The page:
The Harsh Reality of Reality TV

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The Harsh Reality of Reality TV

Photo by Shuly Zuo

Photo by Shuly Zuo

Photo by Shuly Zuo

Article by Hannah Bonafede, Writer

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From the dramatic outbursts from contestants on Love Island to the tense elimination process on Hell’s Kitchen, reality television has undoubtedly become significant in modern culture. Reality television is defined as a genre of television programming that documents unscripted real-life situations. However, how real is reality TV?

If you have ever watched romance reality TV shows, you would have witnessed the unnecessarily exaggerated drama that these shows revolve around. Contestants are constantly brawling with each other, fighting for money, love, or and sometimes both. 

For example, on Love Island, one of the most popular reality TV shows today, contestants are put into a villa on an island for eight weeks and are forced to live in isolation without any contact with the outside world. They are constantly under surveillance, and their end goal is to win a cash prize of 50,000 pounds or 65,000 dollars. In order to win this prize, contestants must be coupled up and avoid being “dumped” from the island.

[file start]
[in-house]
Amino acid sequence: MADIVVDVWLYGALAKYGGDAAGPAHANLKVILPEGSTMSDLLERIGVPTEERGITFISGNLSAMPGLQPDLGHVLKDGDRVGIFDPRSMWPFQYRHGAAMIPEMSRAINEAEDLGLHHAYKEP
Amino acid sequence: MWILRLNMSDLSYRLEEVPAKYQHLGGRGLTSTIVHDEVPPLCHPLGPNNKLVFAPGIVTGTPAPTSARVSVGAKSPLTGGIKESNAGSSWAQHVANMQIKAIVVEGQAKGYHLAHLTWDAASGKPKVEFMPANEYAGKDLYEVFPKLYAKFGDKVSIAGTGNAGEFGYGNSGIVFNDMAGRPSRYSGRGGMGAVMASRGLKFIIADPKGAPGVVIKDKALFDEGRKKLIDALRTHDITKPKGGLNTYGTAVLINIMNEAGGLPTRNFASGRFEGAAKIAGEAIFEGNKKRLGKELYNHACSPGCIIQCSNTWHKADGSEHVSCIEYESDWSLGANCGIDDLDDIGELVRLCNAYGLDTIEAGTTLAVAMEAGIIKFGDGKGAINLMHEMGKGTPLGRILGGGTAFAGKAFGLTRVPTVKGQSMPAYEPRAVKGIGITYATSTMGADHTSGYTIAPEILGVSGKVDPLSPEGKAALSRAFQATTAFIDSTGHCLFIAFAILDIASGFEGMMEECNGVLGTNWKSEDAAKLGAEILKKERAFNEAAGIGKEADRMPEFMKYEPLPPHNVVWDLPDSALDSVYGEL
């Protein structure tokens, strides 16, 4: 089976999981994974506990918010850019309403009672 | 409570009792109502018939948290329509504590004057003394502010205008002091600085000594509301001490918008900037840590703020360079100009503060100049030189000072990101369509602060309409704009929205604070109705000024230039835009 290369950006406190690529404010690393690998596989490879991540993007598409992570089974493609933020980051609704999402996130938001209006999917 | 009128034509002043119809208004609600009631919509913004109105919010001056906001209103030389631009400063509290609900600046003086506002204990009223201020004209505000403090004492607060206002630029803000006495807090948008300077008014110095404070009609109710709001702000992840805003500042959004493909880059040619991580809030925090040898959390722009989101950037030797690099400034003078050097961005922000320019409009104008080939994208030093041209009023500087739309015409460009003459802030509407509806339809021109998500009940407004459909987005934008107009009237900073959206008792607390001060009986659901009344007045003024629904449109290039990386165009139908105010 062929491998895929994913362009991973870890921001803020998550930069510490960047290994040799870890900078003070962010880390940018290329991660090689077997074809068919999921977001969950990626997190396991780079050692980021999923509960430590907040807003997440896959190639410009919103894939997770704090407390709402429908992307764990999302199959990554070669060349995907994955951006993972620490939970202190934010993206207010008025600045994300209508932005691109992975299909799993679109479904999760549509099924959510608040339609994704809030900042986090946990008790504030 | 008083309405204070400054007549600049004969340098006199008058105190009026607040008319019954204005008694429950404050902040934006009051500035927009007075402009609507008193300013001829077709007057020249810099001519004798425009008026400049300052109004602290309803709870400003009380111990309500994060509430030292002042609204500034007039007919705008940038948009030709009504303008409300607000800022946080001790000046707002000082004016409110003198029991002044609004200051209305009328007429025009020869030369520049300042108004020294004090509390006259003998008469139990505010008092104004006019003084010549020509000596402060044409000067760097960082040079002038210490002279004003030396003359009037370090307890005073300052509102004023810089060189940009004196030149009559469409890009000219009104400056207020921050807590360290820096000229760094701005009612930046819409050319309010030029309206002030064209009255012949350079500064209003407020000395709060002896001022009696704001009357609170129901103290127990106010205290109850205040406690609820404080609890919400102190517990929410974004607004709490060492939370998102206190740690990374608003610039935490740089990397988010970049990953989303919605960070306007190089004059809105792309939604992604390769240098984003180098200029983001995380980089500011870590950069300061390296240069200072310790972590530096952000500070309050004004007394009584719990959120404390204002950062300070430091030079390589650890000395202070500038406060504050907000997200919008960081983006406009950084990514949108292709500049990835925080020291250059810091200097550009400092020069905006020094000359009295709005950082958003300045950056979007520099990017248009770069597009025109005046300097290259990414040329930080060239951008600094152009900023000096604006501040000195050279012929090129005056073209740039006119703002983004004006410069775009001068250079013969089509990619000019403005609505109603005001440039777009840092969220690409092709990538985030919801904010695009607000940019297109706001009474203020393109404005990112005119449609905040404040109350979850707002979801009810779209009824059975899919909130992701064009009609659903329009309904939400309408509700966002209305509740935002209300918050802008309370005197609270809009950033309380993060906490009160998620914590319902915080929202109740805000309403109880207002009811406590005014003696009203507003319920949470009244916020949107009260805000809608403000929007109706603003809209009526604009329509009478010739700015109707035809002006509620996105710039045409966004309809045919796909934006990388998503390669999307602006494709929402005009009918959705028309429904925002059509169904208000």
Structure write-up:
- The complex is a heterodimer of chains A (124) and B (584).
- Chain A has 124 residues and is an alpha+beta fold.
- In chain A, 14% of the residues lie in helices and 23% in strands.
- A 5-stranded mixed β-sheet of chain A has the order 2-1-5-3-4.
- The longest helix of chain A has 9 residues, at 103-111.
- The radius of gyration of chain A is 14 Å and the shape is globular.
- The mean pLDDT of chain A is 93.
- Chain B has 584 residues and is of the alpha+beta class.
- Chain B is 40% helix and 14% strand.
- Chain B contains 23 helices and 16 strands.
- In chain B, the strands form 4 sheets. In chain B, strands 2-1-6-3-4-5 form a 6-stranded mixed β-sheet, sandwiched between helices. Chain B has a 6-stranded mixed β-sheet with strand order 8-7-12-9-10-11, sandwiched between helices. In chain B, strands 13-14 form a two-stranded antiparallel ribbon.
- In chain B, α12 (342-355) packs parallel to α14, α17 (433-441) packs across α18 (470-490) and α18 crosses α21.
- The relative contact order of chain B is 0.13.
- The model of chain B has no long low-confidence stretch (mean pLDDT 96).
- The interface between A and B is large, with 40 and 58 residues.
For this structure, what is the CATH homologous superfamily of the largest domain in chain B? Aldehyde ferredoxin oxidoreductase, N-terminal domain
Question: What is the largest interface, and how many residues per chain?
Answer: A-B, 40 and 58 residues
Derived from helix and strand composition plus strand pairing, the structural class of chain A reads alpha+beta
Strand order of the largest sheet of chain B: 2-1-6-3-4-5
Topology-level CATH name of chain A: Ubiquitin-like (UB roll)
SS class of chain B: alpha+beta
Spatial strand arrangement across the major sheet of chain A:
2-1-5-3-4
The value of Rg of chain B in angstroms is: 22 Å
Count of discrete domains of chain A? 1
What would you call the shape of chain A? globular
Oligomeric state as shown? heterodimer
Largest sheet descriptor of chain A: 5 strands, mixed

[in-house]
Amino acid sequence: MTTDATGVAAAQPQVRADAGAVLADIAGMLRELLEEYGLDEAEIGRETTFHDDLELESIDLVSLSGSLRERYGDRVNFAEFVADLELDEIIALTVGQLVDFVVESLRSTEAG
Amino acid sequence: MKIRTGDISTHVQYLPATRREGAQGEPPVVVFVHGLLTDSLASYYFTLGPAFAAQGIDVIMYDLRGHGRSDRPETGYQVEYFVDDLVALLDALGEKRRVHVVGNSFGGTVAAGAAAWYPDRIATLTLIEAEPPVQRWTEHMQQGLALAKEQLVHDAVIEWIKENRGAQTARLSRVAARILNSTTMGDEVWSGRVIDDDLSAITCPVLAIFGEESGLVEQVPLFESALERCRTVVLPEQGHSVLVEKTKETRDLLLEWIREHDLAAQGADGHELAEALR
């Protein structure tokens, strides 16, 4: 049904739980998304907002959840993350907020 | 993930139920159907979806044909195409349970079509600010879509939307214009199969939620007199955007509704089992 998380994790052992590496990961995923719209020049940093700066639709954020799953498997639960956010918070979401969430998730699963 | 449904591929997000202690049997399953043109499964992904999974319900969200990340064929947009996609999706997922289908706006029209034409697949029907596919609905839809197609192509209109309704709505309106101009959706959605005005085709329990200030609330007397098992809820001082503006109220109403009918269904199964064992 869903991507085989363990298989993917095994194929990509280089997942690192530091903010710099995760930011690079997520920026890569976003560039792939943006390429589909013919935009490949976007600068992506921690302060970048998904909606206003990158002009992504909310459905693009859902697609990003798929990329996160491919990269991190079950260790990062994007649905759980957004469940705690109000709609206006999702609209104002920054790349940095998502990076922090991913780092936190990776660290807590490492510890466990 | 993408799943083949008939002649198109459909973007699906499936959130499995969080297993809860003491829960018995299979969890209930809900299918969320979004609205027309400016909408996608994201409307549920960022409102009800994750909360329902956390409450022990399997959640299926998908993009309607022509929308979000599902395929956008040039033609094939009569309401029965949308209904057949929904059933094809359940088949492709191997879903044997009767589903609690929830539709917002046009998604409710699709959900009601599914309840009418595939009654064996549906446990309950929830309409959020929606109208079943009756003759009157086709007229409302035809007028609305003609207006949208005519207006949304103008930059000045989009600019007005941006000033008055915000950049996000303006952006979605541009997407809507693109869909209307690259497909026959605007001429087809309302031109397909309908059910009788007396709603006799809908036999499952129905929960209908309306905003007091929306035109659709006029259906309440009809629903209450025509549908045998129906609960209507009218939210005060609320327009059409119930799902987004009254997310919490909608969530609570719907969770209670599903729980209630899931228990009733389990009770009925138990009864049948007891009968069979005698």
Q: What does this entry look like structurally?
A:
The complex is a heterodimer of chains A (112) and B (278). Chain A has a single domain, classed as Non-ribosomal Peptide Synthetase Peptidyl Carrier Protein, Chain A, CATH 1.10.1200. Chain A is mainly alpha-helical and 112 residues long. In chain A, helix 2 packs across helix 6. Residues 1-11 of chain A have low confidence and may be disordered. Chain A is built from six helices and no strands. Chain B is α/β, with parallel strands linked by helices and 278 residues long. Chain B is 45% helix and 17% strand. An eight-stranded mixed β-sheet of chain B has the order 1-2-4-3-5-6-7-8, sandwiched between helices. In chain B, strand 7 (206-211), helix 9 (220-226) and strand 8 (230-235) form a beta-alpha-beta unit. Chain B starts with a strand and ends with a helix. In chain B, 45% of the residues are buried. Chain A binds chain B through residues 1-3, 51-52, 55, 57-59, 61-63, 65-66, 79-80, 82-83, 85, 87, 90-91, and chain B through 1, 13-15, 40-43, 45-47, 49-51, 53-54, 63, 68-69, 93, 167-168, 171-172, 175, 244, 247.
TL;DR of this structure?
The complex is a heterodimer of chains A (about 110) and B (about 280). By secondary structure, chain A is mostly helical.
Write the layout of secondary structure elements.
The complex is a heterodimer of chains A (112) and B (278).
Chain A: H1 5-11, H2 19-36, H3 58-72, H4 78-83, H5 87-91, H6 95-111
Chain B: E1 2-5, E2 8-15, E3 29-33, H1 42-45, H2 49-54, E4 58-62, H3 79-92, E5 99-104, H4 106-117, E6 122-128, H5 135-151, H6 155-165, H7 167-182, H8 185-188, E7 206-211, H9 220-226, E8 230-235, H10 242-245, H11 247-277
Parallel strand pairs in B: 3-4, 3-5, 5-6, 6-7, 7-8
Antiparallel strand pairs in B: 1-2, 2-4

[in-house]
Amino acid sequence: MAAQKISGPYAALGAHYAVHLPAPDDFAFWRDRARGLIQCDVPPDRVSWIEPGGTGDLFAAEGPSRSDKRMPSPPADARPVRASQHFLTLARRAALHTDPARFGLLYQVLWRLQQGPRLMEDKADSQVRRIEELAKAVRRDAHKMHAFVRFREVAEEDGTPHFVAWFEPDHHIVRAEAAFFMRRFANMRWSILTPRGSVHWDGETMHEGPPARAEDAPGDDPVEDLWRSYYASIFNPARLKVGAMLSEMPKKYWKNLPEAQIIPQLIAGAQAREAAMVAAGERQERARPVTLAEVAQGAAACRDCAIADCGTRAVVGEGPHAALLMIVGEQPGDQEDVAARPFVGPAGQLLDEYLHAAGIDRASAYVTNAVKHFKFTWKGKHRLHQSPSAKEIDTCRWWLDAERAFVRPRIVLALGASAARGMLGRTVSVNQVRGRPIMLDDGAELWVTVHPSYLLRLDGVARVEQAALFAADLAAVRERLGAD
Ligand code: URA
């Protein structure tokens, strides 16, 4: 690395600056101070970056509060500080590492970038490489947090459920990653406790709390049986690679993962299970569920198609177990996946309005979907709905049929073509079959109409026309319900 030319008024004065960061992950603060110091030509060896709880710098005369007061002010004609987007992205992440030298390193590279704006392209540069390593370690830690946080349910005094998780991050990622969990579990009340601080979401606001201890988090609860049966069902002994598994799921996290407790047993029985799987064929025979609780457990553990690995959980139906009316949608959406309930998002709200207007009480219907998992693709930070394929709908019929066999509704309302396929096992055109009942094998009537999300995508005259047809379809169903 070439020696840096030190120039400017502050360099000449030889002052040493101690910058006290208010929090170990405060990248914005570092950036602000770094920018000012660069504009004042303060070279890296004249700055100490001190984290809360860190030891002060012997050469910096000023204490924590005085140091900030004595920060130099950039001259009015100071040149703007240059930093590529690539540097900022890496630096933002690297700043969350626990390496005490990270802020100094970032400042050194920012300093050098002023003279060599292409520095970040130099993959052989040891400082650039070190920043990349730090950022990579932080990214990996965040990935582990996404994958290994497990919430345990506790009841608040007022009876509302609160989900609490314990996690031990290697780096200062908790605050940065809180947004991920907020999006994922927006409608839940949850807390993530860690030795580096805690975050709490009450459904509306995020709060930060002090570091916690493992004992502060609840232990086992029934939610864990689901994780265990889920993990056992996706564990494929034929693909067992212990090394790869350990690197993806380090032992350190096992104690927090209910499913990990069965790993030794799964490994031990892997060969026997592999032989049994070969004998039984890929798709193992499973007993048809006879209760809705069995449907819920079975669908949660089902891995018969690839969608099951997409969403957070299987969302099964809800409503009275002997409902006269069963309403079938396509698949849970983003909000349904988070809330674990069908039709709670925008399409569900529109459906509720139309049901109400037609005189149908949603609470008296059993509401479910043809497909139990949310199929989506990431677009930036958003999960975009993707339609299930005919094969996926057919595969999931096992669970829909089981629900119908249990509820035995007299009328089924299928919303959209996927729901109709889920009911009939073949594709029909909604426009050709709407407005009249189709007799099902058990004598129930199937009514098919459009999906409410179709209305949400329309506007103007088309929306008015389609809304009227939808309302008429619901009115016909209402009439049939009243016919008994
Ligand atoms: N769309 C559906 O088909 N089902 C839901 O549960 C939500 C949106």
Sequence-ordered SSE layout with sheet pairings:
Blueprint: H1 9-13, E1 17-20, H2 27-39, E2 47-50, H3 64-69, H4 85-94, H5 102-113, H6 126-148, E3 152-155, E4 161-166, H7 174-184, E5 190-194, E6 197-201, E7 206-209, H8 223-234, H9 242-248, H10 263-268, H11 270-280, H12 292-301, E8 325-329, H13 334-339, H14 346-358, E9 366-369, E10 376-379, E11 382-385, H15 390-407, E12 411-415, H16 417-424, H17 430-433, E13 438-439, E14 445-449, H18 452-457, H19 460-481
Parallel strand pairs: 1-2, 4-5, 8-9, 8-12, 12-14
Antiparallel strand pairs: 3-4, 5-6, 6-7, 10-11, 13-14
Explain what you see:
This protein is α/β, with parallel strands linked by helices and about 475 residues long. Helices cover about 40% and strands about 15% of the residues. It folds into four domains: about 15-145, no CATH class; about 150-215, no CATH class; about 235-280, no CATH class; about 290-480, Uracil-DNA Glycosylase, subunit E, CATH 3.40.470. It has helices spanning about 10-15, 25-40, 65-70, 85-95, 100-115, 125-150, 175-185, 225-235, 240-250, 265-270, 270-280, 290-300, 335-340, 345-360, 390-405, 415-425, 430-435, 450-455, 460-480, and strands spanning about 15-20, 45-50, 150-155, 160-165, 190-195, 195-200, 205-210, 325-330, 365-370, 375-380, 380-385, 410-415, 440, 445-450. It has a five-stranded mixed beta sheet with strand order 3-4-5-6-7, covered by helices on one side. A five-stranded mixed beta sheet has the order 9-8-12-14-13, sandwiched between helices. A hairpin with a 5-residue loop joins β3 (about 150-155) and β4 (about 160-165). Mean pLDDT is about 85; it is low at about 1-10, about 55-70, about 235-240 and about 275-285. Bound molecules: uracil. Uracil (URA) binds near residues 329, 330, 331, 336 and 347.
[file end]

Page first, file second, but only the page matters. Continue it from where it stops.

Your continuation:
As much as these drama-filled episodes are addicting and can serve as an escape from reality for viewers, it is important to differentiate between what is real, and what are the false images that such TV shows paint. According to Mike Fleiss, creator and executive producer of The Bachelor, another dating show in which almost thirty women compete for one man, “Eighty percent of what people see on reality television is fake.” This may come as a shock to some, such as teenagers who are not able to recognize the manufactured “reality” behind these shows. 

Photo under Creative Commons License

 

Furthermore, reality television is not only potentially harmful to viewers but a direct correlation between contestants and poor mental health can be drawn. There have reportedly been 40 deaths due to suicide since 1986 amongst people that have found fame on reality TV, including Love Island contestants Mike Thalassitis and Sophie Gradon. Despite this, over 100,000 people have applied to be contestants on Love Island this past summer, and it continues to be one of the most-watched TV shows. Overnight fame can be harmful to anyone, especially now, when social media can often be used as a platform for trolls. These contestants risk their mental health for potential fame and money―not the positive message teenagers should be receiving these days. 

Contradictory to its name, reality TV is not entirely real. It would be wrong to claim all of it to be scripted and made up, but it does not, in any way, capture reality. However, resisting the temptation of escaping into a world of drama and chaos is nearly impossible. Therefore, it is up to us viewers to watch in moderation and differentiate our reality from the “reality” we see on these shows.